Sony Dash Personal Internet Viewer Price, Features and Specs

Sony Dash Personal Internet Viewer Price, Features and Specs: With the technological advances that have been happening for as long as we can remember, things have never been quite the same for most of us. In our generation, the most significant representation of these advances would definitely have to be the Internet.
There is no precise date or time as to when exactly this organism we call the net started taking over our world but it sure did become an integral part of the daily lives of almost all people for various reasons.
In today’s world, mobility and connectivity is almost as important as making sure that you get to eat three meals a day. This gave rise to mobile devices such as smartphones, tablets and laptops that gives us the capability of being connected even while on the move.
In the past, when your cable TV gets cut-off, it feels like one of your arms got cut off. Nowadays, if you are not connected, it feels like you are short of breath. It feels like something very important is missing in your daily life. This need to always be connected is answered by the mobile devices we have mentioned above but Sony, the electronics giant, has something unorthodox that gets you connected as well.
We introduce to you the Sony Dash Personal Internet Viewer. Some people would tell you that this is a glorified alarm clock with Internet access while others would let you know that this is one innovative product.
In this vein, what then is the Sony Dash Personal Internet Viewer? What are its features? What are the components that lurk underneath its hood? At what price point does it come in? Read on as we get to know the Sony Dash a little better.
Design and construction
At first glance, the Dash looks more like a wedge instead of being a “personal Internet viewer” as Sony lovingly calls it. This baby packs an unassuming design and actually gives off the impression of not being able to anything remotely useful when turned off. It looks like a big slab of black plastic and is covered by a rubber material that makes gripping the device a whole lot easier.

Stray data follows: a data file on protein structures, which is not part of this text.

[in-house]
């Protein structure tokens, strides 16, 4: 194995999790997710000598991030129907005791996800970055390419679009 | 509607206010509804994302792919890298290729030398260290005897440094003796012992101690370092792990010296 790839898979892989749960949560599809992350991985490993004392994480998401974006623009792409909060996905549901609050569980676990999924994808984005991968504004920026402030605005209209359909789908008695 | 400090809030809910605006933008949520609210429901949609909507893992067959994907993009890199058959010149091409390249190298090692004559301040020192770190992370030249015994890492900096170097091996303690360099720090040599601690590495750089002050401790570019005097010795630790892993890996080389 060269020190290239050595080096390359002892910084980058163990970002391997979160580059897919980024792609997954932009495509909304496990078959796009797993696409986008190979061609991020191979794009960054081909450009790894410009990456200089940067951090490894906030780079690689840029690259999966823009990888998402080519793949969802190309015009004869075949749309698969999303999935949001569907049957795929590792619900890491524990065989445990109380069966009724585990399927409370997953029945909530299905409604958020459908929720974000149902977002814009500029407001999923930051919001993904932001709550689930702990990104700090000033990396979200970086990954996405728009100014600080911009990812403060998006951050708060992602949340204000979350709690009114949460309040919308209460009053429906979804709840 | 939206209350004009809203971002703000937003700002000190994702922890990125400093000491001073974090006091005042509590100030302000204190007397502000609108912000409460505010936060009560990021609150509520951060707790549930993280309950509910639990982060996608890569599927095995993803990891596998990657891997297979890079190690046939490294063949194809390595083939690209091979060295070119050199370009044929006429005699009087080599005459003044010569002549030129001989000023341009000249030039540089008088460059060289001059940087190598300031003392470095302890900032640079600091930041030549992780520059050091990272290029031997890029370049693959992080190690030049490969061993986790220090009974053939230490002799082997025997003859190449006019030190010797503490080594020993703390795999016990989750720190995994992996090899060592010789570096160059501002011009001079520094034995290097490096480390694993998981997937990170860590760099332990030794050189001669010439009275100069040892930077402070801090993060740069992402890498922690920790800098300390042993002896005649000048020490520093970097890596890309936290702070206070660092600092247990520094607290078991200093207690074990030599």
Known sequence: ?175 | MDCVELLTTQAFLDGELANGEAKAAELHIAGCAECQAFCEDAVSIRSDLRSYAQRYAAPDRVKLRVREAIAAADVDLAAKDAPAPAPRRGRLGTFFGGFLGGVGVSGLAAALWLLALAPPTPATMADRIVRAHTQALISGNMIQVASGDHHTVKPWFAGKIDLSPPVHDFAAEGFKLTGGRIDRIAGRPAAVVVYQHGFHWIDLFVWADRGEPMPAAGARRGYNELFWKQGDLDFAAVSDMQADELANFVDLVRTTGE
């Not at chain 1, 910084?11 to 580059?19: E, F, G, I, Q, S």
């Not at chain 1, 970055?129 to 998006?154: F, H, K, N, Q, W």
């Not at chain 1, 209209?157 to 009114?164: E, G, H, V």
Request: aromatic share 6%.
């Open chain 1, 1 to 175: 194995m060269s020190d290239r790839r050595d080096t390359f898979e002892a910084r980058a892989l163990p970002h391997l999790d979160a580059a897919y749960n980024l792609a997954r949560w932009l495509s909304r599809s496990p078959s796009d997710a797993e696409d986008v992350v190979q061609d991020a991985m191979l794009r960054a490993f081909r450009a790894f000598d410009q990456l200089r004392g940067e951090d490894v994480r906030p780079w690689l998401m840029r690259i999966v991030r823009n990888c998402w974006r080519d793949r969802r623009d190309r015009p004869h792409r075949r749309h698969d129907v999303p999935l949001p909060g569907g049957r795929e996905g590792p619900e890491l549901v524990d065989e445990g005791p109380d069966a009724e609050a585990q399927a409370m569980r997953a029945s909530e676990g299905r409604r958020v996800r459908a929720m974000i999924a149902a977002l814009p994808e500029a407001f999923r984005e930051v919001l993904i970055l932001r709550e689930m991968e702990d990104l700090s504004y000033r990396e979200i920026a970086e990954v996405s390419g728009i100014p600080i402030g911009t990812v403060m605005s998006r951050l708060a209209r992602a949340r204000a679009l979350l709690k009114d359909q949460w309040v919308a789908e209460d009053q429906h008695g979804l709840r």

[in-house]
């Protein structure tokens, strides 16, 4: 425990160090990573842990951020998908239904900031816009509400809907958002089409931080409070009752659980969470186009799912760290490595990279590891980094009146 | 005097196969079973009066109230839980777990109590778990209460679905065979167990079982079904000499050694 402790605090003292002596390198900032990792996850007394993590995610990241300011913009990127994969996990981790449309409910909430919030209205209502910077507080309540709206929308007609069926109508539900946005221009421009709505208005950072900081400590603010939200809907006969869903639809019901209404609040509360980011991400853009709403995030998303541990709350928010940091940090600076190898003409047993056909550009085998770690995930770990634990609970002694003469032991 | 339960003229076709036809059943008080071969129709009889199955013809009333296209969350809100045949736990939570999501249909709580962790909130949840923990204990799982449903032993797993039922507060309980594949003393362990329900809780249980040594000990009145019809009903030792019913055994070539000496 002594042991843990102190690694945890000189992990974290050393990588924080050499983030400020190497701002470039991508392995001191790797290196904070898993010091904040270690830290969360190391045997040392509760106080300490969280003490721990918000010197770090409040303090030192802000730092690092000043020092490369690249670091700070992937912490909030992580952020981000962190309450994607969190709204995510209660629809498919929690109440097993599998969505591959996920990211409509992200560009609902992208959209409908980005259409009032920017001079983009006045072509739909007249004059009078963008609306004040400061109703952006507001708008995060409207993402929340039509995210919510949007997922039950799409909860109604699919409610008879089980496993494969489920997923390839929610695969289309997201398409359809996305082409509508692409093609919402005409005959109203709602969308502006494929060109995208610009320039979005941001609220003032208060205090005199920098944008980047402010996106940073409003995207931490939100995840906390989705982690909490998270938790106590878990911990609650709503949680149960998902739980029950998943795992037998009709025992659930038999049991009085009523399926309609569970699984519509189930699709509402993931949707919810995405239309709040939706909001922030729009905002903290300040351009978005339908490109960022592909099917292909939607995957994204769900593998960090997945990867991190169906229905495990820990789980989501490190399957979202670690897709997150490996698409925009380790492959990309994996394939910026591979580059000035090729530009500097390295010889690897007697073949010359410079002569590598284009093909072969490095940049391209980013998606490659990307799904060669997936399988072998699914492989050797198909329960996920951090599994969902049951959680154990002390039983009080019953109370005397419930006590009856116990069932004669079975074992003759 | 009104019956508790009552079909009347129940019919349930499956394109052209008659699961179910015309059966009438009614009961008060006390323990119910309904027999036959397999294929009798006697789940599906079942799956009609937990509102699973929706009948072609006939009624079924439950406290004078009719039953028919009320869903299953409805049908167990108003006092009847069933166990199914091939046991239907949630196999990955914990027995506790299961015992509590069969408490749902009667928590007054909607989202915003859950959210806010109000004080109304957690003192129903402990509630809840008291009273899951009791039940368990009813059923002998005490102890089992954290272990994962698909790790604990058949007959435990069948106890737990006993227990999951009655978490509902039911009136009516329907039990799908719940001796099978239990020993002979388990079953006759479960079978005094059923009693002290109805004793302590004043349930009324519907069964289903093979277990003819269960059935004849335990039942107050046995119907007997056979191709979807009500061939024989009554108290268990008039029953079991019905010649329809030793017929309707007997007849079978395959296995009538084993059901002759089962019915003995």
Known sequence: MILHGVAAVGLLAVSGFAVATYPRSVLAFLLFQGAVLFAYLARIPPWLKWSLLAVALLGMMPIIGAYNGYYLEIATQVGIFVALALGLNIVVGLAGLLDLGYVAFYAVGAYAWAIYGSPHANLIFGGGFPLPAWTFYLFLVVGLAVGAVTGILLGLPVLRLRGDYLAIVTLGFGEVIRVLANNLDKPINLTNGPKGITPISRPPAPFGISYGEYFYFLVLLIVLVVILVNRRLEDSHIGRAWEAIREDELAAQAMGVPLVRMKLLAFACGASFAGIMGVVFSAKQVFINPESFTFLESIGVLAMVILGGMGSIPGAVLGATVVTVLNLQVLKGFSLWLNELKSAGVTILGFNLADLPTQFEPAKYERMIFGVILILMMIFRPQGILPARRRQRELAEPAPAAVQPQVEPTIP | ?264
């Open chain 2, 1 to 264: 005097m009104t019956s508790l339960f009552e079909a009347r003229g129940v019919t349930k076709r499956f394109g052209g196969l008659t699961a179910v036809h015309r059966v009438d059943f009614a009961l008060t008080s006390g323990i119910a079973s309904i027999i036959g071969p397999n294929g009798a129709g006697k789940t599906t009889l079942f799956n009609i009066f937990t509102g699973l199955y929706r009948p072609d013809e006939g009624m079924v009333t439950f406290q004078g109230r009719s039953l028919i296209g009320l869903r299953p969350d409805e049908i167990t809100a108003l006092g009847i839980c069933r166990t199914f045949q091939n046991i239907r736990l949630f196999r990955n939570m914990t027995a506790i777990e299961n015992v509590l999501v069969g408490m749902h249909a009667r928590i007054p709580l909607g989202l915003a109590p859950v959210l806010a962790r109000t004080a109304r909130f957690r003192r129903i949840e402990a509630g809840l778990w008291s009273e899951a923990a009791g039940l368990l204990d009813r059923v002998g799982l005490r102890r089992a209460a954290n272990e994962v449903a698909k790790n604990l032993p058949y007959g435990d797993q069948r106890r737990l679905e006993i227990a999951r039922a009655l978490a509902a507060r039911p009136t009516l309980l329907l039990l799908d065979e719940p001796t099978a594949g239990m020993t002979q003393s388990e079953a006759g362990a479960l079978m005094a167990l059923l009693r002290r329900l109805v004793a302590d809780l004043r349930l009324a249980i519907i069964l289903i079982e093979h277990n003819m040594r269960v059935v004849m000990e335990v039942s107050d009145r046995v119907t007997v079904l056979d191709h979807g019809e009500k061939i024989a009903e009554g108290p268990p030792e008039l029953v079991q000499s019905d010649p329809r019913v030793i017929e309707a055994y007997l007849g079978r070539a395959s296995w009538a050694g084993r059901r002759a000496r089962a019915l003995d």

In terms of its hardware, the front-panel is eaten up by its 7-inch screen in addition to the device’s stereo speakers. Up on top, one can find the volume buttons along the menu / snooze button while the left edge of the Dash houses a headset jack and a USB port. The power connector on the other hand takes its unassuming place at the bottom edge of the device.


Under the hood
Checking out the internals of the Dash, we see components that we usually associate with a midrange smartphone. The device packs a processor that has a clock speed of a measly 500 MHz considering the fact that this device is supposed to be Internet-capable. The processor in turn is working in conjunction with a scant 256 MB of RAM – again something that we haven’t seen for the longest time.
With the undernourished components that the Dash packs underneath the hood, it is not expected to perform well. In fact, it is already a foregone conclusion that the Dash would be somewhat laggy and jittery that it can get irritating at times.
The display and other features
As mentioned earlier, the Dash packs a 7-inch capacitive touchscreen that gives way for easier web navigation. The display has a resolution of 480 x 800 pixels and surprisingly was able to produce better than average images in addition to turning out exceptional viewing angles.
This is actually surprising given the nature of the device but with this feature, it is so much easier to share whatever is on the screen of the Dash to family and friends. In addition to that, it also has an accelerometer just like the tablets that we see lining up the shelves to day.
In terms of its operating system, the Dash packs Linux with a Chumby OS layer overlaid with widgets for a user-friendlier interface. And true to its being a “personal Internet viewer” you can get online via Wi-Fi and have access to Amazon, Netflix, YouTube Blue Octy Radio, Pandora, Slacker Radio, Twitter and Facebook via the preinstalled Chumby widgets on the Dash.
The bottom line
The Sony Dash is expected to fetch a price of $149.99 US and at this price point, we don’t really know it is can serve as a cheapo tablet or a ridiculously expensive alarm clock. In fact, the Dash is a one-of-a-kind gadget and we are having a hard time deciding if this is something worth your dinero.
Well, if you need something to sit at your bedside table for some Internet radio and give you quick access to your most-visited sites in addition to ensuring that you wake up at the appointed time via its alarm function, then the Dash is perfect for you. For all other intents and purposes, a tablet would be a better choice.
Sony Dash Personal Internet Viewer Price in Singapore Dollar (SGD): Approximately S$ 195.00

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